Berchem nodded and then pointed to the three Glenners who had accompanied him. “Good, I was wondering what your names were. I’m called Berchem in case you had not heard, and this is Ralph, “ he gestured to the stout vole who was missing a tooth, “Anson,” a lithe arctic fox who had not needed any powder, “and Baerle.” The last almost appeared to be a rat, judging by the long tail, but it was white, and not grey, and her teeth were sharp instead of protruding as Charles’s were. It took Matthias a moment to realize that the young, female Glenner was an opossum. She saw the rat staring at her, and flashed him a smile that dimpled her furry cheeks. Matthias quickly turned away, trying not to let his blush show through his drooping whiskers.

“Well, now that we know who everyone is, shall we be off?” Charles asked, thumbing the button of his surcoat.

Berchem nodded, and pointed off towards one corner of the Glen, “Once we pass out of this grove, speak quietly if you must speak at all. I will lead us down the path. As my men are archers, I would ask that you three cover our flanks and rear while we walk. Can you climb?”

This last was asked of all of them, but Charles spoke for them. Ever since they had arrived at Glen Avery, the rat found himself their voice. He idly wondered if Jerome and Zagrosek were nervous about being surrounded by so many animal-men. “We’ve been trained to climb most surfaces. Though it has been stone in the past, trees are hardly more of a challenge.”

The skunk weighed the answer, but decided against debating that generality. “If we find ourselves surrounded by their army, just follow us into the trees. We’ll climb too high for them to follow, or observe from the ground and lose them that way. We shouldn’t have to, but we shouldn’t be forced to destroy our own bridge either.”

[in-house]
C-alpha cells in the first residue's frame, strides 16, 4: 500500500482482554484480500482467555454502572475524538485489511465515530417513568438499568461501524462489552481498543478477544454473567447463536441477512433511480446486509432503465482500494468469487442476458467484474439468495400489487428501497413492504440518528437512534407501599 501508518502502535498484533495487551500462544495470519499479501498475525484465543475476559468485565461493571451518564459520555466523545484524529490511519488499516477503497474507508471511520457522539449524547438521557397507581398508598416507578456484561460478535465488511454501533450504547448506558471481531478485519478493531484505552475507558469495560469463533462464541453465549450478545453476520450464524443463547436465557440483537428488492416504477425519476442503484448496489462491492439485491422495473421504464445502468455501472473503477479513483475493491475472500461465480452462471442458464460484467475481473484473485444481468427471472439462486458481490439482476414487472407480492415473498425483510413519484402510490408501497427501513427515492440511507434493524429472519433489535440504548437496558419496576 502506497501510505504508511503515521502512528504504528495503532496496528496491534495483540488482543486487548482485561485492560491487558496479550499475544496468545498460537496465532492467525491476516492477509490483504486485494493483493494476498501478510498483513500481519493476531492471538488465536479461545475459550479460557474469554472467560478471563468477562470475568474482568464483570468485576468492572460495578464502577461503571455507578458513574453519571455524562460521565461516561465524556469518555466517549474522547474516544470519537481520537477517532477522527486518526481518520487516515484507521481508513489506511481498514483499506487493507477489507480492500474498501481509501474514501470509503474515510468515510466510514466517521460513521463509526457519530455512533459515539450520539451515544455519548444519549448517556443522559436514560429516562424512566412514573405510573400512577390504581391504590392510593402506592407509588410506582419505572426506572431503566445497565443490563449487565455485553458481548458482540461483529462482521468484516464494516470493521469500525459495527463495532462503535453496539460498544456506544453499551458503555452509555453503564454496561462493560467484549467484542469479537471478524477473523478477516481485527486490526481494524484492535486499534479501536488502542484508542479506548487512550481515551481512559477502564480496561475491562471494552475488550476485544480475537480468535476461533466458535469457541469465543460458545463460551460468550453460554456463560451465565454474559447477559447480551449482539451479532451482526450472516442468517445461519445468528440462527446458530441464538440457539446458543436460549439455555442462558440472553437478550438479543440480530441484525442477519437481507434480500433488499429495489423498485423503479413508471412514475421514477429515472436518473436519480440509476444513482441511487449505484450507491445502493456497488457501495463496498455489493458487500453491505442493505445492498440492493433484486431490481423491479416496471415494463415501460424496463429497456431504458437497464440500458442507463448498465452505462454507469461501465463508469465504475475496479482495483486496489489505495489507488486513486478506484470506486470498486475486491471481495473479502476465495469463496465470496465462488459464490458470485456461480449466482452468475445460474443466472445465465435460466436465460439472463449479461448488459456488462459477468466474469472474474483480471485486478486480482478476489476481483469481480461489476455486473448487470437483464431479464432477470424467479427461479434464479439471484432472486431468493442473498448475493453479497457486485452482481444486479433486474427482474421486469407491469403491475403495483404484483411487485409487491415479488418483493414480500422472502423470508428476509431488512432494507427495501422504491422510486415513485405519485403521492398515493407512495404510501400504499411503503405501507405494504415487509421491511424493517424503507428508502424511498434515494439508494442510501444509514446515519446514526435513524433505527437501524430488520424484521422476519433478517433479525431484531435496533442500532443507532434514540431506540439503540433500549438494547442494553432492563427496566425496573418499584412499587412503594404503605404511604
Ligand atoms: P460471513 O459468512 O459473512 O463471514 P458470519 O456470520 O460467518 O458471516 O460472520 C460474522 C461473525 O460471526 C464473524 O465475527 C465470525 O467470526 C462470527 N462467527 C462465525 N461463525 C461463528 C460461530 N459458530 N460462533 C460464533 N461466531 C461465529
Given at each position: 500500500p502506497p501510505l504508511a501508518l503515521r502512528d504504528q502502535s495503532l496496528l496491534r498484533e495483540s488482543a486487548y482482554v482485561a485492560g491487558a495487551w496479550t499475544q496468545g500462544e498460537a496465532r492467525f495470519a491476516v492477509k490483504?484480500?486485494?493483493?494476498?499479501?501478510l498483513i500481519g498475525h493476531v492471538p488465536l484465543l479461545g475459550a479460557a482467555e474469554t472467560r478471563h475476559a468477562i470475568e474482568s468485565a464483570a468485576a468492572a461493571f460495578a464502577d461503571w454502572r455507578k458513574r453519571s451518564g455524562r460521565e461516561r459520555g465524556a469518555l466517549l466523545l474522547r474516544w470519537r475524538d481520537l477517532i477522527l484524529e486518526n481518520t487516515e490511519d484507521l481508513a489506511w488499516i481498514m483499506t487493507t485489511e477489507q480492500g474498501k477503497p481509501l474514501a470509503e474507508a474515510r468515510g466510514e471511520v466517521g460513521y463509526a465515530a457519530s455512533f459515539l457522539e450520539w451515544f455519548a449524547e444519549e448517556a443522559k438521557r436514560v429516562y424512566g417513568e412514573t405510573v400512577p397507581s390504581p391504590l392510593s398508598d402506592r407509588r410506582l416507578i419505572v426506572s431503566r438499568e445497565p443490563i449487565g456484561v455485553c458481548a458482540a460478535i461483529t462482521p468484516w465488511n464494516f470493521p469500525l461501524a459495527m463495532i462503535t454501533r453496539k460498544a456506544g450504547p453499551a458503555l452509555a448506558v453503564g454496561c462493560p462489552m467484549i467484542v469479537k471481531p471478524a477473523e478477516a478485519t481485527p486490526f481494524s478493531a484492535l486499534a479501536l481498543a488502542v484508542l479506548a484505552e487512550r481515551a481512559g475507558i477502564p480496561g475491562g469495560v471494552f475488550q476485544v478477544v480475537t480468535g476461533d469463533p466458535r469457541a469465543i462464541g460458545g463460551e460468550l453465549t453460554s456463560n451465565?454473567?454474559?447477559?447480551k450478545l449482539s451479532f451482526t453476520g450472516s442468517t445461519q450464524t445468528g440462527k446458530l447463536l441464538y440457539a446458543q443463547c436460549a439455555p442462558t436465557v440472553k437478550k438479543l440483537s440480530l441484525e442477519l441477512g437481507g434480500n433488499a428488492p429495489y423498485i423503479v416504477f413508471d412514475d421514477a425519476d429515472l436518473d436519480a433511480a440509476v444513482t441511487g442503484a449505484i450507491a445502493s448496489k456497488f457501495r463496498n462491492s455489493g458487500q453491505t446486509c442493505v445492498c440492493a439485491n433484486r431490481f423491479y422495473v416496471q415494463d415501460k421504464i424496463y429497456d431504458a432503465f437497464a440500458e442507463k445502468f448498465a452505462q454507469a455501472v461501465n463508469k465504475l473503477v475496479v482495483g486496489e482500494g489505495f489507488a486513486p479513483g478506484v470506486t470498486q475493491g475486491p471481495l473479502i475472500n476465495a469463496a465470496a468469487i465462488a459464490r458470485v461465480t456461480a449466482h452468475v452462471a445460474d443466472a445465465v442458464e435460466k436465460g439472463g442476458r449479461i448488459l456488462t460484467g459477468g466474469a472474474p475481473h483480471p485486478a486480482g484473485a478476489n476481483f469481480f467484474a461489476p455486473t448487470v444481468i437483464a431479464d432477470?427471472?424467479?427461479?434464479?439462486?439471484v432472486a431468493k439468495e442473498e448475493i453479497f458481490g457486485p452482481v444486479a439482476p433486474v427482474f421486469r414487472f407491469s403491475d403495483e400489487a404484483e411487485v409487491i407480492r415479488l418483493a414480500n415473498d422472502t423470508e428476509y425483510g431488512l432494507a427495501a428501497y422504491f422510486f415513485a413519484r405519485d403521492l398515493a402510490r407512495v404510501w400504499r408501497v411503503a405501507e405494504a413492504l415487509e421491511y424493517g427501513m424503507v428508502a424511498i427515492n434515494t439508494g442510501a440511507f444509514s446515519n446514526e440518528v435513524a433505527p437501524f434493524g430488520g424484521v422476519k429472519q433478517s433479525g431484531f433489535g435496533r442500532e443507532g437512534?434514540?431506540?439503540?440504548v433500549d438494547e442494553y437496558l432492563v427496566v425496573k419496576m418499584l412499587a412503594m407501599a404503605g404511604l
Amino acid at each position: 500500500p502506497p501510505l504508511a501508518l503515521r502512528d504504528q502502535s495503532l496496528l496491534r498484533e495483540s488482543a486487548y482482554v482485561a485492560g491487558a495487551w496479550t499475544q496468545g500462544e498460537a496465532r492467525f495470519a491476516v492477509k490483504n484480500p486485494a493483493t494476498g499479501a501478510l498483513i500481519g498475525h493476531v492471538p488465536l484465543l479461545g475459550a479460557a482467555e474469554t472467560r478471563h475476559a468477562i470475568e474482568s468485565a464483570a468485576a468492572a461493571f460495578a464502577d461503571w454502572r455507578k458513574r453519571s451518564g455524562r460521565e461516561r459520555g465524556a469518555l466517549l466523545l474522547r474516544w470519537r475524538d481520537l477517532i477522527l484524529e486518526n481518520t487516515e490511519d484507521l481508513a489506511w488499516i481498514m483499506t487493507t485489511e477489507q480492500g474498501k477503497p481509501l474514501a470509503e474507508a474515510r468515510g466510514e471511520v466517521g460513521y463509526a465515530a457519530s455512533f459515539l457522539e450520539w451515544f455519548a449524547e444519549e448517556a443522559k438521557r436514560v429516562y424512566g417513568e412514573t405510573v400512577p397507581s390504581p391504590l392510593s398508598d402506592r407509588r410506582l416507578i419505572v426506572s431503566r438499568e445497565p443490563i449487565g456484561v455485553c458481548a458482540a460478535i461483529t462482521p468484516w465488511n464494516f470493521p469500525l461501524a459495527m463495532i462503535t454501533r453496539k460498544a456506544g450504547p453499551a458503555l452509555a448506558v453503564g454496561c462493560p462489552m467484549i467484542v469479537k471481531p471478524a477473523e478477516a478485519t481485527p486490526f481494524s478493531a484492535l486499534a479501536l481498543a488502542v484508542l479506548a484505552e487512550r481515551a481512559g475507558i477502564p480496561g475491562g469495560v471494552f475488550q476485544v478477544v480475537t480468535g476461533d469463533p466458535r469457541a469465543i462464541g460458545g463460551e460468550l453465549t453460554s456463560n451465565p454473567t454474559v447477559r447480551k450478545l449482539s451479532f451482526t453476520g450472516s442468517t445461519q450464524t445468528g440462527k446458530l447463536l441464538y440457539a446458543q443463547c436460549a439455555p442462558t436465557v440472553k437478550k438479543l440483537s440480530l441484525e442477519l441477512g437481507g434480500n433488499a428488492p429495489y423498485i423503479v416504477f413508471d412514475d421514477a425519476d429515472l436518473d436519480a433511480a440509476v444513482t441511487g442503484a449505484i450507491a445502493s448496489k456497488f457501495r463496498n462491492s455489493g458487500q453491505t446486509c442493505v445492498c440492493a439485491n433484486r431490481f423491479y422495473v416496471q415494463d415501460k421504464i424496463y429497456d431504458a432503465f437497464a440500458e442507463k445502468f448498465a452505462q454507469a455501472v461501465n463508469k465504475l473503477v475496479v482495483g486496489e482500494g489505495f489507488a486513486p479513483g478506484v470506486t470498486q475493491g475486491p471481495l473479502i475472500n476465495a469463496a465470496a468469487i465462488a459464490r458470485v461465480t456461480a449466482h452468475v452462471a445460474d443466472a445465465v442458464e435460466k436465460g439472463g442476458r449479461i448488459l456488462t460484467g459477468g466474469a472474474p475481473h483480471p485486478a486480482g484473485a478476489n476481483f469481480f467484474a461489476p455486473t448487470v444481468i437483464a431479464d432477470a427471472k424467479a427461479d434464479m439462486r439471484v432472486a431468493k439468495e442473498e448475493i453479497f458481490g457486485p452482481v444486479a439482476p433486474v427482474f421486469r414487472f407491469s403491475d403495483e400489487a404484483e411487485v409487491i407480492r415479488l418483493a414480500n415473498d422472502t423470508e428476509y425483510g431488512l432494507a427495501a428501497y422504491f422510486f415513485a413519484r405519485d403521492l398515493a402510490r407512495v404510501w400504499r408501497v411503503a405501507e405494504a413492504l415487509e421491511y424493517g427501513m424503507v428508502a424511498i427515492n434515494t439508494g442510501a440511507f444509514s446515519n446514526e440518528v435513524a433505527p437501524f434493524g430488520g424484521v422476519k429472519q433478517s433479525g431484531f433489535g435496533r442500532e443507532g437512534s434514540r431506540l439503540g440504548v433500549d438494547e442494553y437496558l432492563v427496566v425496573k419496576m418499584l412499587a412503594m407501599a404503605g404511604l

Charles nodded glumly at that. He’d never been along the road as far as the Giant’s Dike. He had been north of the Dike of course, the raid to Stepping Rock being the foremost instance in his mind, but they had followed a path through the hills on the eastern side of the valley. And now, he followed after the artificially white skunk into those unknown northern hills. The trees closed about them very quickly, casting them into a deep darkness, though not one impenetrable to his night vision. Despite Berchem’s admonition not to speak once they left the grove, none of the travellers said a word at all, and so, in the still calm of a forest gripped by the frost of winter, they marched into areas that none of the Sondeckis had ever trod.

Wistfully, he tried to spot the path through the trees that Misha and he had traversed while in animal guise to spy on the Lutins in the ravine between Mount Kalegris and Mount Nuln over half a year ago. Yet, it was lost in the shrouds of his memories, and obscured by the lay of the winter land. Should he spend enough time at Glen Avery, he was sure he could retrace his tracks, but for now, it would simply have to remain a memory. There had been something almost magical about that trek into the thick of the woods, into gulches and up to the rise of the hills to overlook the mountains yonder as the sun began to shine its first rays upon those lofty peaks. He had to wonder how many more such vistas would he have beheld had he become a scout as soon as he arrived at Metamor, instead of hiding from himself at the Writer’s Guild.